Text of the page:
Love Roddy

June 12, 1944

6/12/44
52nd Station Hospital

Dearest Pampy

Received your letter today dated June 2, 1944 Don't you think that is excellent time for a V mail clear from Iowa? I would certainly like to be home so we could go swimming together, I think it is nice that mother is taking grand Dad and grandmother out to dinner - Are you going along? What do you plan to name the baby calf? What is Susan's pet lamb's name? You surely should get rich pulling burdocks at 4 for a penny - What are you gong to do with all that money honey?

Just between you and me I get awfully lonesome to see you all, and when I get home we will all take a nice trip or perhaps a little vacation out on the farm Who is your girlfriend now? And may I ask who is your boy friend? Of course I am your best boy friend buy who is second best -

Write often Sweetheart
Daddy

June 12, 1944

6/12/44
52nd Station Hospital

Dear Don

This has been a day devoted to writing to each of my children and this letter will arrive time for your 17th birthday (June 26th). I believe that you have developed a lot both physically and mentally this year according to mothers letters. You have been my candidate of her wishes and have put forth a special effort to cooperate in every way. Phine writes me that you have been a perfect gentleman at her house and that you and Nancy have had many good times together last year. I think you have chosen a fine friend in Nancy and am glad that you have had pleasant time together. The fact that you have had an excellent year with the B.B. team, and will develop into a real star next year pleases me to no end. You had had good grades in school and your position this summer makes me think that you are really on the ball! Keep up the good work fellow! I am always thinking of the time when Bill you and I can practice medicine together. Happy Birthday Dad.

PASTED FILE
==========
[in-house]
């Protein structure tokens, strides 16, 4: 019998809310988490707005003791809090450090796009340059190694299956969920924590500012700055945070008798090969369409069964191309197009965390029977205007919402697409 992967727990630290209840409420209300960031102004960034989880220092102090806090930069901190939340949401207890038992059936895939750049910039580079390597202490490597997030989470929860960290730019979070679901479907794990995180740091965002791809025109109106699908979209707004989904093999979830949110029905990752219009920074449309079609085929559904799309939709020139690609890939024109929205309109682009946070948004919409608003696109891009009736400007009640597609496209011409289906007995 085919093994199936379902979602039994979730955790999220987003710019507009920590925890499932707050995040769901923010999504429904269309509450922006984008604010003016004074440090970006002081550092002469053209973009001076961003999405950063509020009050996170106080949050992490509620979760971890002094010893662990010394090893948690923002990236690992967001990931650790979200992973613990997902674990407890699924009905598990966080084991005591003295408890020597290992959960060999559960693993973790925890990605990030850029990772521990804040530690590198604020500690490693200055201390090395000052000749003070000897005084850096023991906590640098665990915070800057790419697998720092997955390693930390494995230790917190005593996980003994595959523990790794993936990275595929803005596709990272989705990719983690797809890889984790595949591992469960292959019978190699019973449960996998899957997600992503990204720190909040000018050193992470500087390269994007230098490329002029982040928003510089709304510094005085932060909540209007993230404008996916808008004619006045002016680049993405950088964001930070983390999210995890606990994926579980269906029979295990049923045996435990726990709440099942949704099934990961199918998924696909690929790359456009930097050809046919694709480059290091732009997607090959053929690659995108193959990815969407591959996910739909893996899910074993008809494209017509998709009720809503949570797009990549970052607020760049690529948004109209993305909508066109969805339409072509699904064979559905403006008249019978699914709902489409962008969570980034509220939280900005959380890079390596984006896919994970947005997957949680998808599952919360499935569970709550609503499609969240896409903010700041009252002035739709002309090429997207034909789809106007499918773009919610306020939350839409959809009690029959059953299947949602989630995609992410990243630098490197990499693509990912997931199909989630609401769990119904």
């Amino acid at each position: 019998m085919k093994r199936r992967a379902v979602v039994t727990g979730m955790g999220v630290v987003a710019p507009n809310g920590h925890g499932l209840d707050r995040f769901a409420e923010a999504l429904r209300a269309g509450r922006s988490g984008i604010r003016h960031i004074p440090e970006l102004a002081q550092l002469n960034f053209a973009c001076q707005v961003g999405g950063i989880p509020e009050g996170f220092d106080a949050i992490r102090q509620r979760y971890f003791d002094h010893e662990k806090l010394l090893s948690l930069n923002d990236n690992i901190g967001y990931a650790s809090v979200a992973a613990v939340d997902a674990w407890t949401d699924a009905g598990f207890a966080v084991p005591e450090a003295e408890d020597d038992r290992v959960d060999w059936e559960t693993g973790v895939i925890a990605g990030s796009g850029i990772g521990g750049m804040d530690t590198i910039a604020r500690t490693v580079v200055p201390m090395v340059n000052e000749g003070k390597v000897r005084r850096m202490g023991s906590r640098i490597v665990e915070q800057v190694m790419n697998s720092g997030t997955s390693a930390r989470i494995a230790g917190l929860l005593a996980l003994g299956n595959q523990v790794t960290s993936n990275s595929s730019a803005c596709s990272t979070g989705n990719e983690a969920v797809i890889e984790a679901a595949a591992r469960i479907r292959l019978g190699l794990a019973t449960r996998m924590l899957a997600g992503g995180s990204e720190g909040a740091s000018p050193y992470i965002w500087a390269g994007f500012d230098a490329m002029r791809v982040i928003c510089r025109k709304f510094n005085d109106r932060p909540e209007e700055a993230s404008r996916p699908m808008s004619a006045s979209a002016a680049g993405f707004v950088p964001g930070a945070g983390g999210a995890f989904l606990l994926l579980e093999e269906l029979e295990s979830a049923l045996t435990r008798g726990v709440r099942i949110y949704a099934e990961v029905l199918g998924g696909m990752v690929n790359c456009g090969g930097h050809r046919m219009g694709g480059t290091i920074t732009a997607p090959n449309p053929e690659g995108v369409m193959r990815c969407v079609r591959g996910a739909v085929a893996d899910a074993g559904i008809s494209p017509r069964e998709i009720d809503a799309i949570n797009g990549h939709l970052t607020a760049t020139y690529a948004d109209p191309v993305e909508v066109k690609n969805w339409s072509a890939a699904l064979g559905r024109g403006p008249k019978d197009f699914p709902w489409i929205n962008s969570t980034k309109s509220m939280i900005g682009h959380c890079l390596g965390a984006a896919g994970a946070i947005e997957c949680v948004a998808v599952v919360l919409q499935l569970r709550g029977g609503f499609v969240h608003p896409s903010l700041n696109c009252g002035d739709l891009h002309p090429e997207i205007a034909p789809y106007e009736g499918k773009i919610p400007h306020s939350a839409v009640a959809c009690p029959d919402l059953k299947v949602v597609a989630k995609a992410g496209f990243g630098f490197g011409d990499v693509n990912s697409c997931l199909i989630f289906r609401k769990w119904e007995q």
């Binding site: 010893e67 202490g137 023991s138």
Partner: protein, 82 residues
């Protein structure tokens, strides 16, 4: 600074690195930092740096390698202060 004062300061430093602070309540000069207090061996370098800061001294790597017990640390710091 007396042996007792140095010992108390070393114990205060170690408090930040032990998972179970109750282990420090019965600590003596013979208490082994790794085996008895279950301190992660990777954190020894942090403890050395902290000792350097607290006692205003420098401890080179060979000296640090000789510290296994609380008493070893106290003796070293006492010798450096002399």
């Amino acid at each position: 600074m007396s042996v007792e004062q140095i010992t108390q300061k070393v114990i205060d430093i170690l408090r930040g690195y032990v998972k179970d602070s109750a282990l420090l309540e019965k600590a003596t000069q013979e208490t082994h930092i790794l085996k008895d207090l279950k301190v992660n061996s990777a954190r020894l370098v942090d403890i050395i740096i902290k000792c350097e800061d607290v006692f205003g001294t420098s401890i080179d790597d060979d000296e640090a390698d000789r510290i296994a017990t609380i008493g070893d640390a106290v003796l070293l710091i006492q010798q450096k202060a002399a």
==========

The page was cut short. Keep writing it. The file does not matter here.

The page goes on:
June 12, 1944

June 12 1944
52nd Station Hospital

Dear Bill,

I am hoping that this letter will arrive on your 12th birthday (June 23). I would like to be home to wish you the best for the coming year and I still have hopes for being able to see you yet this year. I would like to send you a nice birthday present but you have expressed a desire for a army tent, mess kit etc and after the war is over we will get you a complete outfit so we can go on over night hikes and sleep in bedding rolls and all that goes in Army life. I am mighty proud to have such a fine boy as a son, you have been thrifty, cooperate well at home with Mother and the children and have done well in school. I am planning big on you and me being partners - not only in the chicken business. But in the hospital after you have finished your medical education. Would you like to do this Bill? Best Wishes for a happy Birthday Dad.

MS 1048 - Donald F. Rodawig Papers | List of Transcripts